If you make writing mistakes in the shell, you can delete with the backspace key, as in most shells. There are many
more editing commands in the shell (see tty - A command line interface in ERTS User's Guide).
(Notice that many line numbers given by the shell in the following examples are out of sequence. This is because this
tutorial was written and code-tested in separate sessions).
Here is a bit more complex calculation:
2> (42 + 77) * 66 / 3.
2618.0
Notice the use of brackets, the multiplication operator "*", and the division operator "/", as in normal arithmetic (see
Expressions).
Press Control-C to shut down the Erlang system and the Erlang shell.
The following output is shown:
BREAK: (a)bort (c)ontinue (p)roc info (i)nfo (l)oaded
(v)ersion (k)ill (D)b-tables (d)istribution
a
%
Type "a" to leave the Erlang system.
Another way to shut down the Erlang system is by entering halt():
3> halt().
%
4.2.2 Modules and Functions
A programming language is not much use if you only can run code from the shell. So here is a small Erlang program.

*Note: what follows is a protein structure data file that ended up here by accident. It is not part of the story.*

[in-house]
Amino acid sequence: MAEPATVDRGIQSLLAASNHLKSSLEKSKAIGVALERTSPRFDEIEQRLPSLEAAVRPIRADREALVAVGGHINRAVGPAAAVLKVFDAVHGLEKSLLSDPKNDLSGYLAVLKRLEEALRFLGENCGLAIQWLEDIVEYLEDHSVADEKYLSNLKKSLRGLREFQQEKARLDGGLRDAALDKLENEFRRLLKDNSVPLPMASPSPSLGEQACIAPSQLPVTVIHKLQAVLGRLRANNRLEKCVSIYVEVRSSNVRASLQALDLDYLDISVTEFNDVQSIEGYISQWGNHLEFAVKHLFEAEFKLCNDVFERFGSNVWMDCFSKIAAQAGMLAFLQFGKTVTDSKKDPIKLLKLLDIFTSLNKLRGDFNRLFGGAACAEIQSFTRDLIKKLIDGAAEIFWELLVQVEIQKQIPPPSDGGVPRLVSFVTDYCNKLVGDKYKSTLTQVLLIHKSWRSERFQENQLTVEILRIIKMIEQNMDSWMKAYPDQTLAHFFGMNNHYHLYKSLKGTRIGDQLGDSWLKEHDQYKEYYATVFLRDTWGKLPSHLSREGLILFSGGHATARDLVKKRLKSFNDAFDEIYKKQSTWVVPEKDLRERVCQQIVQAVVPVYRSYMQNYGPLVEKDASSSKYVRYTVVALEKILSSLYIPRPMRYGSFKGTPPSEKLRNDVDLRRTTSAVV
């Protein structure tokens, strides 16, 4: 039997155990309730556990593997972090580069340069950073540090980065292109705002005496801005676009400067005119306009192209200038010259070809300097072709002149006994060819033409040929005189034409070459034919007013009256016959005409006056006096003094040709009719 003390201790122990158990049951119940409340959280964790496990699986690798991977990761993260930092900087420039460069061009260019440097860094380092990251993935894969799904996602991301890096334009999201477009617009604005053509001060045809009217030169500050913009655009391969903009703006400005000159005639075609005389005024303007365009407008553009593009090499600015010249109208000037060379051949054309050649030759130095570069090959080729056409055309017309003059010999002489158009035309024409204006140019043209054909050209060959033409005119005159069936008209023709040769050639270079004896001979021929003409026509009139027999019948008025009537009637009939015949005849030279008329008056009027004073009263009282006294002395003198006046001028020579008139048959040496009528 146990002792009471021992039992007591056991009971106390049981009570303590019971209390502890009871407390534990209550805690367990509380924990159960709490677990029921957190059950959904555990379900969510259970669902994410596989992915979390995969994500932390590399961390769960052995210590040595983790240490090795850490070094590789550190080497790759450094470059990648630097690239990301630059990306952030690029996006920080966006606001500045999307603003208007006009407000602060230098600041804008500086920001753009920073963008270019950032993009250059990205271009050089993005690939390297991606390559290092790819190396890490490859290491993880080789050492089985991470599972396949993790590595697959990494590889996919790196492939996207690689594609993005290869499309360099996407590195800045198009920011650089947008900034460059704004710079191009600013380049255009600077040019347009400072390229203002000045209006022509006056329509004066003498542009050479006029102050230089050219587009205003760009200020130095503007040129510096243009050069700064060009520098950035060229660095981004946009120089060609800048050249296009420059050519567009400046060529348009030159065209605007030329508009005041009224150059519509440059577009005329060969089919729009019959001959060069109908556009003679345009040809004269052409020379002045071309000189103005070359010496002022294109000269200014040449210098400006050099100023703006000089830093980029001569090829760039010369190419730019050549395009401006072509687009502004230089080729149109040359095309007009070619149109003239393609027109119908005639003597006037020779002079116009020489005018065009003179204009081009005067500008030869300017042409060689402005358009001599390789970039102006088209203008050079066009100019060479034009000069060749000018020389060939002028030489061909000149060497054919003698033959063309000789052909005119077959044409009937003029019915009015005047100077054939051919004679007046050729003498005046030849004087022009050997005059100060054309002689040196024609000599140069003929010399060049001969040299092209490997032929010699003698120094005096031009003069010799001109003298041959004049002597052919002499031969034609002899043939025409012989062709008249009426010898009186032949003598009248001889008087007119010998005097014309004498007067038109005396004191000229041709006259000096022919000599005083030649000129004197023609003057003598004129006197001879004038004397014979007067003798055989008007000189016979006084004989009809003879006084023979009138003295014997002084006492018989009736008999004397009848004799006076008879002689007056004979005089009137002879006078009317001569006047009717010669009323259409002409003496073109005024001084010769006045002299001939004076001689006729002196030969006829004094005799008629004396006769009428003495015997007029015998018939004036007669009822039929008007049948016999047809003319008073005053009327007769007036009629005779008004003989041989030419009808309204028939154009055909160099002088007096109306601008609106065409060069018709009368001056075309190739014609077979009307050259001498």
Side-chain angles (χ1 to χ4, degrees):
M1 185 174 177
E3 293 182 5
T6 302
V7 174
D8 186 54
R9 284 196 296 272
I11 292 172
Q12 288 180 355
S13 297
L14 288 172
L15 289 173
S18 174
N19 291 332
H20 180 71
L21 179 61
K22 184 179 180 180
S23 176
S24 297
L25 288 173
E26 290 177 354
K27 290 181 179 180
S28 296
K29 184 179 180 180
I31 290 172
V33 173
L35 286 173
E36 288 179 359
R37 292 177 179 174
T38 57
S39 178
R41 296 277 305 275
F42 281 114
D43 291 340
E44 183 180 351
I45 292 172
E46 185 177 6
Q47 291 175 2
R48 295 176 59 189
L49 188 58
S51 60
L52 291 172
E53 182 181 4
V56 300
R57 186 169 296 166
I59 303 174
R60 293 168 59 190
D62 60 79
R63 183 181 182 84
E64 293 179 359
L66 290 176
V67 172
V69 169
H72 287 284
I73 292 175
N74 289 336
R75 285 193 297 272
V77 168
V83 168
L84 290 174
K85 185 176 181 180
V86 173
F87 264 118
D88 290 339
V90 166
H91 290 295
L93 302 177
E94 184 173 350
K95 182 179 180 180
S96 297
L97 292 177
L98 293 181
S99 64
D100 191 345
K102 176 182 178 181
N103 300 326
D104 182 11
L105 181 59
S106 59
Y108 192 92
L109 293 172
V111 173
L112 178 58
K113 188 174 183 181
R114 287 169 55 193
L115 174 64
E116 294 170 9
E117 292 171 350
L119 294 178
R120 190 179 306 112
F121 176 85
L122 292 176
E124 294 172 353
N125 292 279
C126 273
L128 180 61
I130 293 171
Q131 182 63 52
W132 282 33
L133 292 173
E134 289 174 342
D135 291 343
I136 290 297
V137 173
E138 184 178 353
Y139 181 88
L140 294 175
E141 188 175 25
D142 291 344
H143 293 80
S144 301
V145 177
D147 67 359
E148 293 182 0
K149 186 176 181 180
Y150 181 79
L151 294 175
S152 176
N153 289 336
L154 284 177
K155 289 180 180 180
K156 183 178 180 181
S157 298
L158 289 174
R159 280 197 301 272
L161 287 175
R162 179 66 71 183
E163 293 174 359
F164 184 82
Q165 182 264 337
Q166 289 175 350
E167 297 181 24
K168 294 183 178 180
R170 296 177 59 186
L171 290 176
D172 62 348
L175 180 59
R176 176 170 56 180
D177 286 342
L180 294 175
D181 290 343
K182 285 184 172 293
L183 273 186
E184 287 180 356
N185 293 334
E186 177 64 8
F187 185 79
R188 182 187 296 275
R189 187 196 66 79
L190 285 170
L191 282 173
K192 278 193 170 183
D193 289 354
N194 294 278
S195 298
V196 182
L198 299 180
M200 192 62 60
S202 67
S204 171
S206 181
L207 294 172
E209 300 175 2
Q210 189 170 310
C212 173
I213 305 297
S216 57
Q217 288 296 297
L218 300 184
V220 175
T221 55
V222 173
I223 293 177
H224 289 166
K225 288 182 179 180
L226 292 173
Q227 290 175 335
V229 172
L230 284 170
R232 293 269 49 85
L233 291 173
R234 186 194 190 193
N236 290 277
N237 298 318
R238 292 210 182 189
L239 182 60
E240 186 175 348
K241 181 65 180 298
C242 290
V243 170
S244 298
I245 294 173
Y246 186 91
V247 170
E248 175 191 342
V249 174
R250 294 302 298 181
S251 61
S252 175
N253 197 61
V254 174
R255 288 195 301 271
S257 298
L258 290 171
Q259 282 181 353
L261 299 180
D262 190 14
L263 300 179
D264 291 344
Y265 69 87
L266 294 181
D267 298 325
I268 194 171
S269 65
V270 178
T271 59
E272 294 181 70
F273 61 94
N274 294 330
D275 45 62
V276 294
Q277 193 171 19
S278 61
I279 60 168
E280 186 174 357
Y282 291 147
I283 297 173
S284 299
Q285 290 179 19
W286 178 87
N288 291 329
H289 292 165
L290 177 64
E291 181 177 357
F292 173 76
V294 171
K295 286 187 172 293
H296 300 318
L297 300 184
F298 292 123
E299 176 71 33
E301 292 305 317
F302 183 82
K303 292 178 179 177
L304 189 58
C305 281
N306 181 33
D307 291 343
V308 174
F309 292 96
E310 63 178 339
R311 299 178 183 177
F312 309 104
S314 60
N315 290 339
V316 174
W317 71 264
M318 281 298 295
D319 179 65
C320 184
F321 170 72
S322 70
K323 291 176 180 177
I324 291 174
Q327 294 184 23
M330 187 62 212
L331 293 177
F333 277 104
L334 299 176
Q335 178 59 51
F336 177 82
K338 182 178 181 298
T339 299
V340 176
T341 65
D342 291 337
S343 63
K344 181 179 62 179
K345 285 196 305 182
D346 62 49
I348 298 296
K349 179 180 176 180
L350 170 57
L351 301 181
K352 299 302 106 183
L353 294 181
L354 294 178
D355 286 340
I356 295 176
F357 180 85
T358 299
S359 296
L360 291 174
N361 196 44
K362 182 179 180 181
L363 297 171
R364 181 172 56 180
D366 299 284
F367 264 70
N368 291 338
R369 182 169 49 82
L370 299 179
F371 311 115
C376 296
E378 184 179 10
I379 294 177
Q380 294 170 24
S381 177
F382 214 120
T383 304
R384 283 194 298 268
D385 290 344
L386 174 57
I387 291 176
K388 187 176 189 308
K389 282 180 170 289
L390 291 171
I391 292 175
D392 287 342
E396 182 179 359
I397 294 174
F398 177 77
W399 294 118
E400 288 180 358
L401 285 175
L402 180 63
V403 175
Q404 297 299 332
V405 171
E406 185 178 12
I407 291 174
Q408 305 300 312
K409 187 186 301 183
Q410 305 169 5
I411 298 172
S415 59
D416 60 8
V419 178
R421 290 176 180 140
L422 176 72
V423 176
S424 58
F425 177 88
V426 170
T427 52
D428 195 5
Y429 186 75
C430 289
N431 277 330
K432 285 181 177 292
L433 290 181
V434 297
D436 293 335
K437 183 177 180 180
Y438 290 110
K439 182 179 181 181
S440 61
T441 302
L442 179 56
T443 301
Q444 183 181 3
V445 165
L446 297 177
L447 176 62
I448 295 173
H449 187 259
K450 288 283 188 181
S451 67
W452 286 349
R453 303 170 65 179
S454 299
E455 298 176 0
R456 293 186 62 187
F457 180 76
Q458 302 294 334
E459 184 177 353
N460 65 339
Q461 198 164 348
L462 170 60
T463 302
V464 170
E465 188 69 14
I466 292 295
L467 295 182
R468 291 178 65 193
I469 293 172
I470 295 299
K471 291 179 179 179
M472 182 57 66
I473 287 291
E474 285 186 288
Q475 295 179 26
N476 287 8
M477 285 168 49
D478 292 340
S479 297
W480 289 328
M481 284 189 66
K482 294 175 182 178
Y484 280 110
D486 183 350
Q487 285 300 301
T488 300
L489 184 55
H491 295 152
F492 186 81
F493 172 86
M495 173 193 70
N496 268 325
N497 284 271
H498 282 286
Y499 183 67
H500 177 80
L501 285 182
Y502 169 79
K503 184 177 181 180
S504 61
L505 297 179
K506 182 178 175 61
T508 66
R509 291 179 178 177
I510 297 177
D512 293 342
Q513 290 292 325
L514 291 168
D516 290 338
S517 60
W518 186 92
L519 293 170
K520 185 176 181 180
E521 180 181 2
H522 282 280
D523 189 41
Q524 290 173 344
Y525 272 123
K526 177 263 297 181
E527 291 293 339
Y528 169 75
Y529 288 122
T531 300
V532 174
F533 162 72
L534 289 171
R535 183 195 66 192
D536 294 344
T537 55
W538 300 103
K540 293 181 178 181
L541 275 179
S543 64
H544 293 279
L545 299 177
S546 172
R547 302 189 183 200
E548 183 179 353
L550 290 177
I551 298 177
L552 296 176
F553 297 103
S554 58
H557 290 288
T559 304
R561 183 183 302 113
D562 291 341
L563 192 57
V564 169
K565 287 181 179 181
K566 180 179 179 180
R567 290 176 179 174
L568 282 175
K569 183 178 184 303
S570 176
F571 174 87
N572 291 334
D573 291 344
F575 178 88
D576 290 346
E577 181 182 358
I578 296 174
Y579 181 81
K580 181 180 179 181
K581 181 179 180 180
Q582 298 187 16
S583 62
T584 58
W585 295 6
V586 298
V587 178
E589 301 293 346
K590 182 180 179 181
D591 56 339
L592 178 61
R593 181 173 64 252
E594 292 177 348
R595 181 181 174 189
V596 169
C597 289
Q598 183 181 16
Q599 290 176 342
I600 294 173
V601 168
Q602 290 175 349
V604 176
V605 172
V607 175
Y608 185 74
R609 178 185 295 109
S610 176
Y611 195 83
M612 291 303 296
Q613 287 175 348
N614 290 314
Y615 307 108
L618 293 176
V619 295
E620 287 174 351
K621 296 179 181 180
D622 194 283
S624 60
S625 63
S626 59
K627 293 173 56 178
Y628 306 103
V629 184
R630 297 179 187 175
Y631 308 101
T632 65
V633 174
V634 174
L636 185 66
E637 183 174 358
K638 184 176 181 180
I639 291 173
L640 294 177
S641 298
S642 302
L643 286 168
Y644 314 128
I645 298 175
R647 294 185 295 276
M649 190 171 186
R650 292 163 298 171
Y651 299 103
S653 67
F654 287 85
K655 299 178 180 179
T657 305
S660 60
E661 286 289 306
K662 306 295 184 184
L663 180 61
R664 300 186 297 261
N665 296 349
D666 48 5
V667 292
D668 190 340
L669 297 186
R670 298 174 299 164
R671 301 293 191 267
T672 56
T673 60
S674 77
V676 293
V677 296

Enter it into a file named tut.erl using a suitable text editor. The file name tut.erl is important, and also that
it is in the same directory as the one where you started erl). If you are lucky your editor has an Erlang mode that
makes it easier for you to enter and format your code nicely (see The Erlang mode for Emacs in Tools User's Guide),
but you can manage perfectly well without. Here is the code to enter:
-module(tut).
-export([double/1]).
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4.2 Sequential Programming
double(X) ->
2 * X.
It is not hard to guess that this program doubles the value of numbers. The first two lines of the code are described